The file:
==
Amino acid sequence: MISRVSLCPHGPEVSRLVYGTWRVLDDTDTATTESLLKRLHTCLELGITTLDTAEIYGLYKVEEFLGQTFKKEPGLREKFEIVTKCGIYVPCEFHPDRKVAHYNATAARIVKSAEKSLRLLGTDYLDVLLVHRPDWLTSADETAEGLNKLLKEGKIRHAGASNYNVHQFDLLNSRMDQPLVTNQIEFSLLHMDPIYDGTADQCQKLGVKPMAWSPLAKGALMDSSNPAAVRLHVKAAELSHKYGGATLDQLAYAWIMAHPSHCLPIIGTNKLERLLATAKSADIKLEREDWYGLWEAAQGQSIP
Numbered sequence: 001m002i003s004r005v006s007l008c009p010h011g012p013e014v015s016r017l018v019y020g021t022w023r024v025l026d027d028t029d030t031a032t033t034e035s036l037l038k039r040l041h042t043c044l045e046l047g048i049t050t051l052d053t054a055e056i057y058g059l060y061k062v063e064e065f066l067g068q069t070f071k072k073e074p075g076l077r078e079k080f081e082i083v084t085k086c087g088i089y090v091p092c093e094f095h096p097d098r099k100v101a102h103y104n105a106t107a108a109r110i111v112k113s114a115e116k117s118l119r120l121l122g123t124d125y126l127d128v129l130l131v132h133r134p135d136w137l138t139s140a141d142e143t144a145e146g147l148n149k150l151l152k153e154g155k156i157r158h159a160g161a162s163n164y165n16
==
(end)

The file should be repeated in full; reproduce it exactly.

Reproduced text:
Amino acid sequence: MISRVSLCPHGPEVSRLVYGTWRVLDDTDTATTESLLKRLHTCLELGITTLDTAEIYGLYKVEEFLGQTFKKEPGLREKFEIVTKCGIYVPCEFHPDRKVAHYNATAARIVKSAEKSLRLLGTDYLDVLLVHRPDWLTSADETAEGLNKLLKEGKIRHAGASNYNVHQFDLLNSRMDQPLVTNQIEFSLLHMDPIYDGTADQCQKLGVKPMAWSPLAKGALMDSSNPAAVRLHVKAAELSHKYGGATLDQLAYAWIMAHPSHCLPIIGTNKLERLLATAKSADIKLEREDWYGLWEAAQGQSIP
Numbered sequence: 001m002i003s004r005v006s007l008c009p010h011g012p013e014v015s016r017l018v019y020g021t022w023r024v025l026d027d028t029d030t031a032t033t034e035s036l037l038k039r040l041h042t043c044l045e046l047g048i049t050t051l052d053t054a055e056i057y058g059l060y061k062v063e064e065f066l067g068q069t070f071k072k073e074p075g076l077r078e079k080f081e082i083v084t085k086c087g088i089y090v091p092c093e094f095h096p097d098r099k100v101a102h103y104n105a106t107a108a109r110i111v112k113s114a115e116k117s118l119r120l121l122g123t124d125y126l127d128v129l130l131v132h133r134p135d136w137l138t139s140a141d142e143t144a145e146g147l148n149k150l151l152k153e154g155k156i157r158h159a160g161a162s163n164y165n16